On the call, Mr. Trump told Mr. Erdogan that he no longer wanted to spend money and time in Syria and preferred instead to focus his energy on domestic issues, said an official briefed on the call. Mr. Erdogan assured Mr. Trump that Turkey would continue the fight against Islamic State—and against the Kurds, the official said.

News of the move came hours after the State Department cleared the way for Turkey to buy $3.5 billion in American Patriot missile-defense systems. Some analysts see the proposed sale as an enticement for Ankara to back off its plans to purchase a Russian S-400 air-defense system. The issue has strained relations between the U.S. and Turkey, two North Atlantic Treaty Organization allies.

The U.S. has long sought to reconcile Mr. Trump’s seemingly incompatible goals in Syria: to withdraw of all U.S. forces from Syria while deterring Iran’s military ambitions there.

Officially, the U.S. military has no authority to battle Iran in Syria. Their mission has been to defeat Islamic State and ensure the militant group that once controlled large swaths of Syria and Iraq is unable to regroup.

That task is largely complete. Islamic State has been effectively cornered in a small stretch of Syrian territory along the Iraq border, where the U.S. military estimates about 2,000 fighters have managed to hold off complete defeat for months.

Earlier this year, the Pentagon said that Islamic State controlled less than 2% of the territory it once held in the Middle East, sparking a vow from Mr. Trump to get all U.S. forces out of Syria in a matter of months.

“We’ll be coming out of Syria, like, very soon,” he said in the spring. “I want to get out. I want to bring our troops back home.”

Mr. Trump’s national security team pushed back against Mr. Trump’s idea and persuaded him to embrace an open-ended military strategy to keep Islamic State at bay and force Iran to withdraw its forces from Syria.

The U.S. sent in diplomatic teams to help rebuild northeastern Syria as the military set up new outposts on the country’s border with Turkey, which views them as an effort to shield the Kurds from an attack by Turkish forces.

In recent weeks, Turkey has moved military forces to the border and Mr. Erdogan said on Monday that they stood ready to attack the Kurdish militants on the Syrian side “at any moment.”

The U.S. military has ramped up its strikes against suspected Islamic State targets in the middle Euphrates River Valley in anticipation of a possible Turkish incursion into Syria that likely would pull U.S. ground partners off the anti-Islamic State fight, defense officials said. Between Dec. 2-8, the U.S.-led coalition launched 251 strikes against Iraq and Syria, almost all of those in Syria, compared with 90 the previous week.

Mr. Trump released an 80-second video late Wednesday about his decision.

“We have won against ISIS,” he said while standing outside the White House. “We’ve beaten them, and we’ve beaten them badly… Now it’s time for our troops to come back home.”

Marine Gen. Joe Dunford, the Chairman of the Joint Chiefs of Staff, suggested earlier this month that the U.S. mission in Syria was incomplete, saying Islamic State hadn’t been defeated and that only 20% of the needed local forces had been trained so far.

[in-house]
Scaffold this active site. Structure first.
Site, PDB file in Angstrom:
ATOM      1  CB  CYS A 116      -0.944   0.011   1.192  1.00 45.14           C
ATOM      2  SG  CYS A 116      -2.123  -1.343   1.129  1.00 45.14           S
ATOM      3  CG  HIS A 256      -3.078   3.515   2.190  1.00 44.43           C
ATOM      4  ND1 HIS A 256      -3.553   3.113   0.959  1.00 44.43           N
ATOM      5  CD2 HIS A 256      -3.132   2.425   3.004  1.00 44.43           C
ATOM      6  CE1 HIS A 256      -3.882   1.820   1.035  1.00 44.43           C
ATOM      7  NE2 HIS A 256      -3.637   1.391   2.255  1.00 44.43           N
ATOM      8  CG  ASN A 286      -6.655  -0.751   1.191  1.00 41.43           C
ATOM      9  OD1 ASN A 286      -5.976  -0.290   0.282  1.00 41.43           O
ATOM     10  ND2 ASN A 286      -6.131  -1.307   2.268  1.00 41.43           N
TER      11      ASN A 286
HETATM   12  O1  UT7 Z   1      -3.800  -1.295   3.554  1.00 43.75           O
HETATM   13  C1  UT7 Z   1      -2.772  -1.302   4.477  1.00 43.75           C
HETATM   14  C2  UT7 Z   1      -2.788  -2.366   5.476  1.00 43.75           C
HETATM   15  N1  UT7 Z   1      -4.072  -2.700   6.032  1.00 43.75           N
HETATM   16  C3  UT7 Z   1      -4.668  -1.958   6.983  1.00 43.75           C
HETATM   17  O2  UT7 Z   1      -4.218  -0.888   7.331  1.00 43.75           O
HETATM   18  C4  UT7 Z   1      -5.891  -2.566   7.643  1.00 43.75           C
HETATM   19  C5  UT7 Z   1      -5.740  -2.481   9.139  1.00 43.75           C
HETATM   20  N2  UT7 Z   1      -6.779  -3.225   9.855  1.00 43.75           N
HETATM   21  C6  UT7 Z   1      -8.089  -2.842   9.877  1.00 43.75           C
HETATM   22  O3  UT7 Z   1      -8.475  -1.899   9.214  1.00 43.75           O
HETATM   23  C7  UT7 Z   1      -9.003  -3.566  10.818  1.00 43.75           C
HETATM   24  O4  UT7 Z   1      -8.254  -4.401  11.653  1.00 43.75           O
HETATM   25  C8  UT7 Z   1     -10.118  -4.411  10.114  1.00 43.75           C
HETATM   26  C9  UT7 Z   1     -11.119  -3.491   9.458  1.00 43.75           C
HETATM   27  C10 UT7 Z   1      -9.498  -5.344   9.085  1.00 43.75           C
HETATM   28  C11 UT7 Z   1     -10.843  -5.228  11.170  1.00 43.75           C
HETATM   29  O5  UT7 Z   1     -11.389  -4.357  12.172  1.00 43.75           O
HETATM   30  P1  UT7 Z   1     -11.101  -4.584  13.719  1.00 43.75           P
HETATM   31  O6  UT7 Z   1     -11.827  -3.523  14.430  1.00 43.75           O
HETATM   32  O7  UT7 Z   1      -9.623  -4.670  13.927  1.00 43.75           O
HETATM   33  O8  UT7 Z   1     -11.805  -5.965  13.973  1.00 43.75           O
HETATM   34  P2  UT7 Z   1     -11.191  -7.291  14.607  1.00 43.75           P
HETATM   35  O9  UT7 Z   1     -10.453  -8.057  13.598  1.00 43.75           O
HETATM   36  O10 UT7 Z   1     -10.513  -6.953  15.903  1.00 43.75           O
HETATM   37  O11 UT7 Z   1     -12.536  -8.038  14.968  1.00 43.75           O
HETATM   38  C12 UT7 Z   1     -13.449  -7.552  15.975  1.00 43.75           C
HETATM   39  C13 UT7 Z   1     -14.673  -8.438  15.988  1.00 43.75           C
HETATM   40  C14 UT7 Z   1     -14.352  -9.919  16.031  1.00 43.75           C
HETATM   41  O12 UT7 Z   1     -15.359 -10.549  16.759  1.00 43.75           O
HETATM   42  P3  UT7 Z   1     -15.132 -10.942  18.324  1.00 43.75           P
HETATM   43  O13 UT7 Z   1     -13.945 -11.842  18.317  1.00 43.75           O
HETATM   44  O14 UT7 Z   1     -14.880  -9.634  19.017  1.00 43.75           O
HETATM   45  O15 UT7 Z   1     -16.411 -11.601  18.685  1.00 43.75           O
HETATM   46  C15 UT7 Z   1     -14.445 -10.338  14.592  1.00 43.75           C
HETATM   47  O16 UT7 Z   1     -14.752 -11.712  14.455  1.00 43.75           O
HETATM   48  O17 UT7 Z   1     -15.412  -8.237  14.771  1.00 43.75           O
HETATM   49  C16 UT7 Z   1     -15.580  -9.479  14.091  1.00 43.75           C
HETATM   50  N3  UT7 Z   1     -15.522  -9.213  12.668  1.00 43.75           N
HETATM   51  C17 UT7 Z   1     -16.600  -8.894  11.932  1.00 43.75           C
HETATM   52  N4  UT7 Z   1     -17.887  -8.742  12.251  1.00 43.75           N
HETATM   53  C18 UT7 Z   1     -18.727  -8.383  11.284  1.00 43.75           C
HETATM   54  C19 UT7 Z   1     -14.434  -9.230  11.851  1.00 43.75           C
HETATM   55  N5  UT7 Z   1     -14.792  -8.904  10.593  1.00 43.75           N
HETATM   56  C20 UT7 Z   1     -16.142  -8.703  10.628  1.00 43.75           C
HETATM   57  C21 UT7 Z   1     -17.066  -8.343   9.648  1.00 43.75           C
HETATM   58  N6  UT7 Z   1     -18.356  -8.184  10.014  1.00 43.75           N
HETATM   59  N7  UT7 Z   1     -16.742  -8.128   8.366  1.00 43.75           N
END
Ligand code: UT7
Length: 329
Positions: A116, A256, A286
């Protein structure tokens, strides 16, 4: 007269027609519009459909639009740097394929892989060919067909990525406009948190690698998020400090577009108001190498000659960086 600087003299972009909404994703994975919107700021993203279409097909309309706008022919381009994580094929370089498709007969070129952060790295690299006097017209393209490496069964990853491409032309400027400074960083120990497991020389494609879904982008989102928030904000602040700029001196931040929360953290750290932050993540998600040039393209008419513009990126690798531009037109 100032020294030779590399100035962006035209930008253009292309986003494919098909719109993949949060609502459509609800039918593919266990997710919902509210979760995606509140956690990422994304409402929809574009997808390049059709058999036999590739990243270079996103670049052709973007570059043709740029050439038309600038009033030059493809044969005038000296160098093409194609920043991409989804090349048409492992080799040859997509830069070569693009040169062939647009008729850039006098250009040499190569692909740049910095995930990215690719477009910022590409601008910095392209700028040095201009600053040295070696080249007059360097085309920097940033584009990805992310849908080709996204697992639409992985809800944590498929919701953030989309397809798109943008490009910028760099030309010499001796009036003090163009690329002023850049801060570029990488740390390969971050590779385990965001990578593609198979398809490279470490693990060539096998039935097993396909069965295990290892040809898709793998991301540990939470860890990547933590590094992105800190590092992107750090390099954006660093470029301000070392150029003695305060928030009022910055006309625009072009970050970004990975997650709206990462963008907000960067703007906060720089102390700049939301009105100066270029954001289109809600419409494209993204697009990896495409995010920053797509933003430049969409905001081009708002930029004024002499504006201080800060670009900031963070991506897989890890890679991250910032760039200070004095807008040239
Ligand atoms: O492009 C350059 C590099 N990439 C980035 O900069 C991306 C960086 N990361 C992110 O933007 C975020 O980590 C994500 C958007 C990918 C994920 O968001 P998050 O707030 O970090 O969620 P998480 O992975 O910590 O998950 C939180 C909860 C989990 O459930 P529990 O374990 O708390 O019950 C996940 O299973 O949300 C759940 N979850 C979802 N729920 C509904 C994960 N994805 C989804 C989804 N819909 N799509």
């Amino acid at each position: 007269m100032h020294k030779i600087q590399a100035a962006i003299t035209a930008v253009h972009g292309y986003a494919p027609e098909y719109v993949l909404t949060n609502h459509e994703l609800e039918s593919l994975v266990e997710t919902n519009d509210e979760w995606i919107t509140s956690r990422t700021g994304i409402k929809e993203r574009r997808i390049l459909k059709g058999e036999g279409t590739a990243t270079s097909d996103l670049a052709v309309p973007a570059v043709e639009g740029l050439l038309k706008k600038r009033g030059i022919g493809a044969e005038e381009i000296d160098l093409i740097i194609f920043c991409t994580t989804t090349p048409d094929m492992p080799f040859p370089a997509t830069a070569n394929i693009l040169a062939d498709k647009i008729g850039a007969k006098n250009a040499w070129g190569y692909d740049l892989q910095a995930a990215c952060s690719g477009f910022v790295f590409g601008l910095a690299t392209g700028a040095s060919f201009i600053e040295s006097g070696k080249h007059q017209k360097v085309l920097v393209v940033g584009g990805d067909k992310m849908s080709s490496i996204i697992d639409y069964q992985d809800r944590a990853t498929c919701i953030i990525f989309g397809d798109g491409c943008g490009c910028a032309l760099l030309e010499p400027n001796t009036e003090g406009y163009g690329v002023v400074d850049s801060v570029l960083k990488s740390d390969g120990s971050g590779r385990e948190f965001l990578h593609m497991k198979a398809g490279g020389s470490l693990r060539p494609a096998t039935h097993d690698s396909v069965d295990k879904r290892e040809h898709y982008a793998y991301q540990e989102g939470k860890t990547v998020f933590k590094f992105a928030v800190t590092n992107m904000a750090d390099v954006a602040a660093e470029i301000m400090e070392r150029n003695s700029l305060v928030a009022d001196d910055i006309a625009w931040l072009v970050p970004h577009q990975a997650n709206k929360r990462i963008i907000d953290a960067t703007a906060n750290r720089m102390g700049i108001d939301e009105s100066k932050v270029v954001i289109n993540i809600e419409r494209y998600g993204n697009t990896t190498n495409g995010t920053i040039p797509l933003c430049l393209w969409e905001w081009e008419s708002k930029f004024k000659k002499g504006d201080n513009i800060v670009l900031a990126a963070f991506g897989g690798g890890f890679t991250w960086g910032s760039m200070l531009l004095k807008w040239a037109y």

“With regard to stabilization, we have a long way to go,” Gen. Dunford said at a Washington Post live event.

A U.S.-Syria Timeline

  • 2011 The U.S. begins to provide a rebel force, known as the Free Syrian Army, with nonlethal aid, including food, cash and intelligence, in its effort to oust Syrian President Bashar al-Assad.
  • 2011-15 The U.S. tries to train and assist Syrian rebels, then arm them, first through a CIA-led program, then through a U.S. military program. Most of the training efforts collapsed by 2015.
  • September 2014 U.S. begins airstrikes against suspected al Qaeda and Islamic State targets in Syria. Strikes by the U.S. and coalition partners against Islamic State have continued since then.
  • 2015 U.S. special-operations forces arrive inside Syria, the beginning of the U.S. military footprint there.
  • March 2017 Marines begin to deploy in anticipation of battles to reclaim Syrian cities from Islamic State. The number of U.S. troops inside Syria eventually rises to more than 2,000.
  • April 2017 The U.S. launches 59 Tomahawk missiles at the Syrian regime’s Shayrat air base in response to a chemical attack, the first planned strike against the Syrian regime by the U.S.
  • October 2017 The capital of Islamic State’s self-proclaimed caliphate, Raqqa, falls to U.S.-backed forces after a monthslong coalition airstrike campaign.
  • December 2017 Then-Iraqi Prime Minister Haider al Abadi declares victory over Islamic State in Iraq. U.S. officials say the battle against the group in Syria had entered its final stages.
  • April 2018 The U.S., France and the U.K. launch a second attack on the Syrian regime in response to another chemical attack, hitting three regime targets: a research center, a military installation and a storage site. The military says the strikes hit the “heart” of the regime’s chemical weapons program.
  • December 2018 President Trump orders the U.S. military to begin making plans for its total withdrawal from Syria. The pullout would affect all U.S. forces in Syria, including those in northeastern Syria and in the al-Tanf area.

Write to Nancy A. Youssef at nancy.youssef@wsj.com and Vivian Salama at vivian.salama@wsj.com